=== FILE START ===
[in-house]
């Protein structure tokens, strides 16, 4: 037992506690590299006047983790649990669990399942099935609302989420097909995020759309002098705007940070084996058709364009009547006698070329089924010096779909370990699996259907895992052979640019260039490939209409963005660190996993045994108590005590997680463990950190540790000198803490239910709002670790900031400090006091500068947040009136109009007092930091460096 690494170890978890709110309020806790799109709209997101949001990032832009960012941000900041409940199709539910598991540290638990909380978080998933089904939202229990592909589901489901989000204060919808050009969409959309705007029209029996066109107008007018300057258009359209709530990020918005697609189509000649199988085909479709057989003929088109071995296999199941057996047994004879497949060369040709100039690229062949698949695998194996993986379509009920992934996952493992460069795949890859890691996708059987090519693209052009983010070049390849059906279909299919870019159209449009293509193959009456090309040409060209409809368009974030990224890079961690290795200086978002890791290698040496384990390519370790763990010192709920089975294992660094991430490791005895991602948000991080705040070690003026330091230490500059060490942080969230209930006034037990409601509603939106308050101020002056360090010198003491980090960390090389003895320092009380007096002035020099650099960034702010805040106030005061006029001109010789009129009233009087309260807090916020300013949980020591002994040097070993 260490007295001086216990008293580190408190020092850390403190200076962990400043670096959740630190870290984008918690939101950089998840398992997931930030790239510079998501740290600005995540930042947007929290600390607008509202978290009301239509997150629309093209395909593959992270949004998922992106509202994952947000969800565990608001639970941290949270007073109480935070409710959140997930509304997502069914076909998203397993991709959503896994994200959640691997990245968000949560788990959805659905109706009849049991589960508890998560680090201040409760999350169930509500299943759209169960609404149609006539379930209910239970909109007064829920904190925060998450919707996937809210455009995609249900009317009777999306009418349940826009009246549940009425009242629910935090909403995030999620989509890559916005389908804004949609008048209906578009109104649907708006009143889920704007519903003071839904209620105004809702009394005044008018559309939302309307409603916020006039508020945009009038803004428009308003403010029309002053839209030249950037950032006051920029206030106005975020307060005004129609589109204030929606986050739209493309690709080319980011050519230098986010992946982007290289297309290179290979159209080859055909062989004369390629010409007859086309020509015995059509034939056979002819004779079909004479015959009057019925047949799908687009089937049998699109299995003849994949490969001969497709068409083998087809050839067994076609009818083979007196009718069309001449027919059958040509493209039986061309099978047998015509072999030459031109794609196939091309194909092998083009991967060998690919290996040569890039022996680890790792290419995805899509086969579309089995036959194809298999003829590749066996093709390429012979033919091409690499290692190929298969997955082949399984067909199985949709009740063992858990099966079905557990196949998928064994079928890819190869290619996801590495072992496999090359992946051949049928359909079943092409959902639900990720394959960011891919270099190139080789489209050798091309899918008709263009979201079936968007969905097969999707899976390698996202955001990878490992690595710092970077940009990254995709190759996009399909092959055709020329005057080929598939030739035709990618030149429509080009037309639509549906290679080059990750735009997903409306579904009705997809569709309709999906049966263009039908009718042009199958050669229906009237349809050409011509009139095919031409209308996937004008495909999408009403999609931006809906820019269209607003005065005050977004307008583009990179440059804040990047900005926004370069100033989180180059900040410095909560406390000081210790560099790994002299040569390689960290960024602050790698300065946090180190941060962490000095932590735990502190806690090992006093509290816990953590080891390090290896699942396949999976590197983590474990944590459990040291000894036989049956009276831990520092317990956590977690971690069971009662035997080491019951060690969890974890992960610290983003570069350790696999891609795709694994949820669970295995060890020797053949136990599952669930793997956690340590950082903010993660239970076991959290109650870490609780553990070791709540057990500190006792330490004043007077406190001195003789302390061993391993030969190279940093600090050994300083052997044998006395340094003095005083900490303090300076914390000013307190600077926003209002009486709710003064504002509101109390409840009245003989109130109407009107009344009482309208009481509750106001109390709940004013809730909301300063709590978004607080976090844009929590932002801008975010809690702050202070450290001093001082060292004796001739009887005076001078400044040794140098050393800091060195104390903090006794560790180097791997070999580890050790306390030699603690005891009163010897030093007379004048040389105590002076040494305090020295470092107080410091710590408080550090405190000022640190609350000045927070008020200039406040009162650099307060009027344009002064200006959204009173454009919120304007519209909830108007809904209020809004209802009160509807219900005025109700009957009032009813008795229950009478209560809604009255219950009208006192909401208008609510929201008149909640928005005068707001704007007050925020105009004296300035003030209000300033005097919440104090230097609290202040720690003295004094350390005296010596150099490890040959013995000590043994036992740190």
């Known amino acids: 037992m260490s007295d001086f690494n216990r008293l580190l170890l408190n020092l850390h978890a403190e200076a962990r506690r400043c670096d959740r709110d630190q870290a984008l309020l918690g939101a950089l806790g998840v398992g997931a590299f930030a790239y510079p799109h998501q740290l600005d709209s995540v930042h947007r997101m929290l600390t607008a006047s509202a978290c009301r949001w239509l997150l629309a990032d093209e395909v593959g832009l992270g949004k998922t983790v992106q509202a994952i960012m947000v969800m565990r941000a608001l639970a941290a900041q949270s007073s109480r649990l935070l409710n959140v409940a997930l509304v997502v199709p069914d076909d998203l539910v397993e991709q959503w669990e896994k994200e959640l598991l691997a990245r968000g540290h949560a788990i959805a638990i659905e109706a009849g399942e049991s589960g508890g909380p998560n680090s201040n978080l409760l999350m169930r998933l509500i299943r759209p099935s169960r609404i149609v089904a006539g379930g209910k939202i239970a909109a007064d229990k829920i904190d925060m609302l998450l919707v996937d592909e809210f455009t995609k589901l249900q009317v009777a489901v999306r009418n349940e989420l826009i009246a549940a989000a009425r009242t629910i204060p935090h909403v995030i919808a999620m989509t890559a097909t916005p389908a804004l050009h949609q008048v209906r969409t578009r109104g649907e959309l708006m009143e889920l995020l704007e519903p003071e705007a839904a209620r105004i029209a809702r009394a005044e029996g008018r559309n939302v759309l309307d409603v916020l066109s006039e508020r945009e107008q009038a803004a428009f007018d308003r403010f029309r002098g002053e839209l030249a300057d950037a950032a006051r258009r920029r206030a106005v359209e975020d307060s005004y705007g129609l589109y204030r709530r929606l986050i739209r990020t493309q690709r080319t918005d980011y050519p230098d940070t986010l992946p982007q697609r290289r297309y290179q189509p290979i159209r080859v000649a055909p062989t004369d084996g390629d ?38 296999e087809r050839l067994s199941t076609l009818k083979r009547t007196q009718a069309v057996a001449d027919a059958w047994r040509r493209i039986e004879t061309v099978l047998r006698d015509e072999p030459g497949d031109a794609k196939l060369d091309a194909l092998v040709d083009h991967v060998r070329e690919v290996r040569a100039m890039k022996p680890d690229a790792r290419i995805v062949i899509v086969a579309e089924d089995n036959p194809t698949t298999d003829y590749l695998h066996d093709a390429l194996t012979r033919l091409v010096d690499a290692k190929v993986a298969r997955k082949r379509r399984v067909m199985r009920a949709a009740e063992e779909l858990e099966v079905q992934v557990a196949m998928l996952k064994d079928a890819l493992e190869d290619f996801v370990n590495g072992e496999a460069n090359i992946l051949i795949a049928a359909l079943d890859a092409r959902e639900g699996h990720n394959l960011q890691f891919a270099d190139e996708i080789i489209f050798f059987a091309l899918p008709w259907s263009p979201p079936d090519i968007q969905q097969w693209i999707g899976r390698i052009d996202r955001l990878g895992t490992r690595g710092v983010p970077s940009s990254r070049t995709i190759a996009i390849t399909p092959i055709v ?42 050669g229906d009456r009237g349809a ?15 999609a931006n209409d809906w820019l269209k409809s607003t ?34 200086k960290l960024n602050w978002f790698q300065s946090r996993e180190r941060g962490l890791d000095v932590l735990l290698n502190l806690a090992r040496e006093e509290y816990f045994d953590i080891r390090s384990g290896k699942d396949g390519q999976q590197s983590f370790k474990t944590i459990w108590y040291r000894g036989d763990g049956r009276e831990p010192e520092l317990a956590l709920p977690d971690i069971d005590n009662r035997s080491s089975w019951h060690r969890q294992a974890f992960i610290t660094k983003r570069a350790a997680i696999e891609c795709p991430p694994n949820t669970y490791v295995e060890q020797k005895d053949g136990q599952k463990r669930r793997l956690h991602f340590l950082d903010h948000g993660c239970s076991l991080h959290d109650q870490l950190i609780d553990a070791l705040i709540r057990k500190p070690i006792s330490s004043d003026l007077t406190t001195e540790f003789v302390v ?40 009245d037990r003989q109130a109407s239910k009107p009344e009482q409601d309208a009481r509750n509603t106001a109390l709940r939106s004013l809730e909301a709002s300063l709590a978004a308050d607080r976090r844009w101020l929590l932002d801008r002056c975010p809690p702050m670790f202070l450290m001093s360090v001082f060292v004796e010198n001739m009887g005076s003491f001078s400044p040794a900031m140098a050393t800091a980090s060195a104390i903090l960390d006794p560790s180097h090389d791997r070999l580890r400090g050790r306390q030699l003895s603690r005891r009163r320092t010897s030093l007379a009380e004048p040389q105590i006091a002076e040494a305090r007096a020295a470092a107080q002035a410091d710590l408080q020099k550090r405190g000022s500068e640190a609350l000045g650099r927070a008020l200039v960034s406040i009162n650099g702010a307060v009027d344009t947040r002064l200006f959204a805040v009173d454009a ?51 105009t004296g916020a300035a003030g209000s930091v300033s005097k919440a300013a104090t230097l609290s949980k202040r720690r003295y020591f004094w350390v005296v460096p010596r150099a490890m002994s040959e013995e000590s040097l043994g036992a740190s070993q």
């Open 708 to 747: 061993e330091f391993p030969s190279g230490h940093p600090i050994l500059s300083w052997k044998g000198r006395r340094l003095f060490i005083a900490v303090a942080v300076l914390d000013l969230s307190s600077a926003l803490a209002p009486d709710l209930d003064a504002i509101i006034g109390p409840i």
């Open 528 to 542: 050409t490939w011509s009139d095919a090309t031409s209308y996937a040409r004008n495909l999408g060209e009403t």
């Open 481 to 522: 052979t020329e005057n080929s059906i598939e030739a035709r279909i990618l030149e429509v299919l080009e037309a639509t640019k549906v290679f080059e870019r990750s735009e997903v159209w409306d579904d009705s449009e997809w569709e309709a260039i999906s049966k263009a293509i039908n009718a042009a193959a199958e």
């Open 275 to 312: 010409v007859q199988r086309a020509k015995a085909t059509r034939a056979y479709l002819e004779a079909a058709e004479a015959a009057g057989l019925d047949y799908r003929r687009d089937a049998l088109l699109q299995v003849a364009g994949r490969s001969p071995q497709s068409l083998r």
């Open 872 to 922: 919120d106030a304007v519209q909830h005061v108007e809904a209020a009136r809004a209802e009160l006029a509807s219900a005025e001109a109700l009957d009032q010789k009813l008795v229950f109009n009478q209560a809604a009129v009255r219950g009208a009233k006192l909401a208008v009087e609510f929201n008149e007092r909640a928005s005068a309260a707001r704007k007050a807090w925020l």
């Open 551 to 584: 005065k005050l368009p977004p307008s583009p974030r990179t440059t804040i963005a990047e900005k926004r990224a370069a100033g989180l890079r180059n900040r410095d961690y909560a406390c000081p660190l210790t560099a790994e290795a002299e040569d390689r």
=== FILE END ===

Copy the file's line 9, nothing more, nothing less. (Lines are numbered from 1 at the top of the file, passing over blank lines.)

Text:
């Open 551 to 584: 005065k005050l368009p977004p307008s583009p974030r990179t440059t804040i963005a990047e900005k926004r990224a370069a100033g989180l890079r180059n900040r410095d961690y909560a406390c000081p660190l210790t560099a790994e290795a002299e040569d390689r």